the most important thing about belt sanders is the base plate on the bottom. most belt sanders have warped, twisted or cupped base plates and will not sand well because of it. the first thing you need to do is remove the belt and the various thingies on the bottom and get to the main metal base plate. tape a piece of coarse wet/dry silicon carbide paper down on a flat surface such as your table saw and slide the sander back and forth on it.. now you will see the high and lows spots. you have to lap this so it is flat. do that and put your rig back together and happy sanding. my last Makita 9924DB's base was so cupped that there'd be nothing left if I just lapped it flat so I took it off and pounded it flattish with a hammer before I lapped it flat. another thing I do is soften the transition bends on the front and back of the plate to make them less abrupt and smarten up the outer edge to make it smooth and square. this helps a lot when you want to sand along a wall or other vertical surface and allows you to track the belt right to the edge and actually get full, proper contact with the surface you're sanding. also make sure the goodies that you took off to get at the plate are in good condition or get replacements to put on. those cork, graphite and thin metal plates etc must also be good and flat too.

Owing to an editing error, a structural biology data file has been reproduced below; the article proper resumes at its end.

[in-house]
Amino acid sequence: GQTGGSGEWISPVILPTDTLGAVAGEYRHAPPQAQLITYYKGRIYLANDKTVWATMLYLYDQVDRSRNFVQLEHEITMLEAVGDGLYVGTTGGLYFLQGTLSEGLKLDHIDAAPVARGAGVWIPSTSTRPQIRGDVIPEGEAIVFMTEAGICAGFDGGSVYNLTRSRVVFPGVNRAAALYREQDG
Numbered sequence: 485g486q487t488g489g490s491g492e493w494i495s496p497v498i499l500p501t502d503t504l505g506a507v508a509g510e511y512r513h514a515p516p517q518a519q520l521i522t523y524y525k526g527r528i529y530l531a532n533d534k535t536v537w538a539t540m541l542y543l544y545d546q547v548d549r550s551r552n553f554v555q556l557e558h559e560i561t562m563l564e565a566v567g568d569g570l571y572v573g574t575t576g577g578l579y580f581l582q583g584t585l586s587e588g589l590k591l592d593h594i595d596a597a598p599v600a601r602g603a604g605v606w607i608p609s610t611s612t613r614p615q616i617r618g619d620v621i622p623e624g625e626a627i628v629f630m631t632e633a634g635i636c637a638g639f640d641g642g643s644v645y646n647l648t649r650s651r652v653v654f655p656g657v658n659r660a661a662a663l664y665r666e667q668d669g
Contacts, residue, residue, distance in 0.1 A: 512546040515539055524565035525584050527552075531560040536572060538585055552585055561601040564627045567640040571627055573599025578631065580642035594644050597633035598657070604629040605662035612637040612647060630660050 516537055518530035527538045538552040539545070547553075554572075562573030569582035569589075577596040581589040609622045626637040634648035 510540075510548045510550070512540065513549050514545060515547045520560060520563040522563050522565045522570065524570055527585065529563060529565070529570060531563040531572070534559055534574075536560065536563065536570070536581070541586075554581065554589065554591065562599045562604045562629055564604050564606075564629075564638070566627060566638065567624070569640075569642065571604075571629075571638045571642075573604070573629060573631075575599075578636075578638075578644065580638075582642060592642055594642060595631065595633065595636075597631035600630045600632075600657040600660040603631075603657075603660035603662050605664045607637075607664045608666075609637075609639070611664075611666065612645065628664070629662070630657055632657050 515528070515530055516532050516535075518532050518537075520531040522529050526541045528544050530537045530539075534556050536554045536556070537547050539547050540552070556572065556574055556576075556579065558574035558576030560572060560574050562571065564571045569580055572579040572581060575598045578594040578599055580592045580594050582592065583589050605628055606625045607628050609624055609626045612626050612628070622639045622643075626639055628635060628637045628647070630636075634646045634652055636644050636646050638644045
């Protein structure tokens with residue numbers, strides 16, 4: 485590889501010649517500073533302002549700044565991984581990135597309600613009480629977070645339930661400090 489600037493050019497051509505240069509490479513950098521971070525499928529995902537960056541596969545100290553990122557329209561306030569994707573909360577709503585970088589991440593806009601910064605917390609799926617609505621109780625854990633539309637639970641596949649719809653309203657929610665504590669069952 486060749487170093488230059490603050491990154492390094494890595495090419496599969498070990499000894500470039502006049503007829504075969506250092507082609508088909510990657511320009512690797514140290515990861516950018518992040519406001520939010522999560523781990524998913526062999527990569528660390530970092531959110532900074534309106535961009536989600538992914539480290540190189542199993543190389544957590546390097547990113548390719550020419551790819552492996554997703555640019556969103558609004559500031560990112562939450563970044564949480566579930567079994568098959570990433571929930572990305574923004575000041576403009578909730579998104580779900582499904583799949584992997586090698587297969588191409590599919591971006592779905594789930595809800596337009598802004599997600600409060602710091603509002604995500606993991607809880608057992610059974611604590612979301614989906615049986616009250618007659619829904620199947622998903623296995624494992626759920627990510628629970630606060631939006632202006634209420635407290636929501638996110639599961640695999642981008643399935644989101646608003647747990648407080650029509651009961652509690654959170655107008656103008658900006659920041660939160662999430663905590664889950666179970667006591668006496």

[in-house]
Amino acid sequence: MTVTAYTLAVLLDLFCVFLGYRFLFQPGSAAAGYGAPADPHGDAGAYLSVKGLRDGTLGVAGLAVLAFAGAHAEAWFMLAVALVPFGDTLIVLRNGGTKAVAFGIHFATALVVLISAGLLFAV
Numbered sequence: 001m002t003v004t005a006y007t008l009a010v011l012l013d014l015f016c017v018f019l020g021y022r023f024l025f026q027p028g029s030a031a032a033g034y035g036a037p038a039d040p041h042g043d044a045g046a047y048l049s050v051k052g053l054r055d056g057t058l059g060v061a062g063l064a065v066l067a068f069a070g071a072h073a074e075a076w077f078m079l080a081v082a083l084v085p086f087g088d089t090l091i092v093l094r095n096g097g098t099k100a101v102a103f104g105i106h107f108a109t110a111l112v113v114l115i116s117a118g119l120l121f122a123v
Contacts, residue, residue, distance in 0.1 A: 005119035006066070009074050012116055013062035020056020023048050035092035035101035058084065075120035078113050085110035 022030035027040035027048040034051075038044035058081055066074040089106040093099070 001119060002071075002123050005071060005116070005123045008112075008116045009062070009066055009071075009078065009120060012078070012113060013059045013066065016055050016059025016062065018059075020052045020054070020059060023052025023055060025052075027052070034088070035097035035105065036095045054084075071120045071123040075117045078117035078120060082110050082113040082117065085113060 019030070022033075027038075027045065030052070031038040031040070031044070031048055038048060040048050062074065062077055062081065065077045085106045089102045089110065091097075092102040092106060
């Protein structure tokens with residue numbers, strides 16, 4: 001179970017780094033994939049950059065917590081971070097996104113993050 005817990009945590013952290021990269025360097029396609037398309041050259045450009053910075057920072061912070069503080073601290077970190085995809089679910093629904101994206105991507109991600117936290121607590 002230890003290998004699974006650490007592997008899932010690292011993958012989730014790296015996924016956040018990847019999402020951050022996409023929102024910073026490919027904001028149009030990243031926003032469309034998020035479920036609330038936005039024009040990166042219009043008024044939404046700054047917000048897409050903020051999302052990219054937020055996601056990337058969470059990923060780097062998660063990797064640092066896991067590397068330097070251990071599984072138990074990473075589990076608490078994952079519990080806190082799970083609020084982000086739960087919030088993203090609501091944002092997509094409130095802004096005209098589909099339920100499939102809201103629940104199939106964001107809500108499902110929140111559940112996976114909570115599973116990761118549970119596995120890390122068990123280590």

it doesn't matter if you have the best or the cheapest sander, if you do these things you will get good results. the only things that matter is that the plate is flat and the belt will track. the rest is up to you and your skill. just remember that no matter what belt sander you buy, they are just like planes and chisels and not ready for use out of the box. they must be tuned up a bit to get the best results. cheap belts with a lapped joint should be avoided. they are almost never joined straight and will drive you nuts trying to get them to track, the bump at the joint is problematic too. stay away from them.

BTW, I start the sander flat on the wood all the time and I'm no rookie. I've been a cabinet maker for over 25 years. however, to each their own. it's the result that counts so do what works best for you no matter what others may say or do. if you like to spin the belt before touchdown go to it.

my pick for a belt sander it the Makita 9924DB it is light, turns fast, has excellent balance, a low centre of gravity and can run both 3x24 and 4x24 belts. it's sold as a 3x24 but I've never used one, I've always use 4x24 belts on it. it's fairly cheap too compared to some sanders although I buy what works for what I do. cost is a distant consideration for me if I consider it at all when it comes to tools. they are my bread and butter, not toys for weekend fun.

PostPosted: Fri Jan 29, 2010 8:28 pm
by afreegreek
halfdome, Danny wrote:I worked with a guy years ago at a San Diego Cabinet shop that was dropping the belt sander and damaging it. It was his job to belt sand the face frames of completed cabinets. He was warned it could cost him his job. The next time he dropped it he put out his forearm to stop it and sanded a few layers of skin off. The scab was about 2" x 6" long :cry: . Danny
that's why I buy my own tools. that way I can do what I want.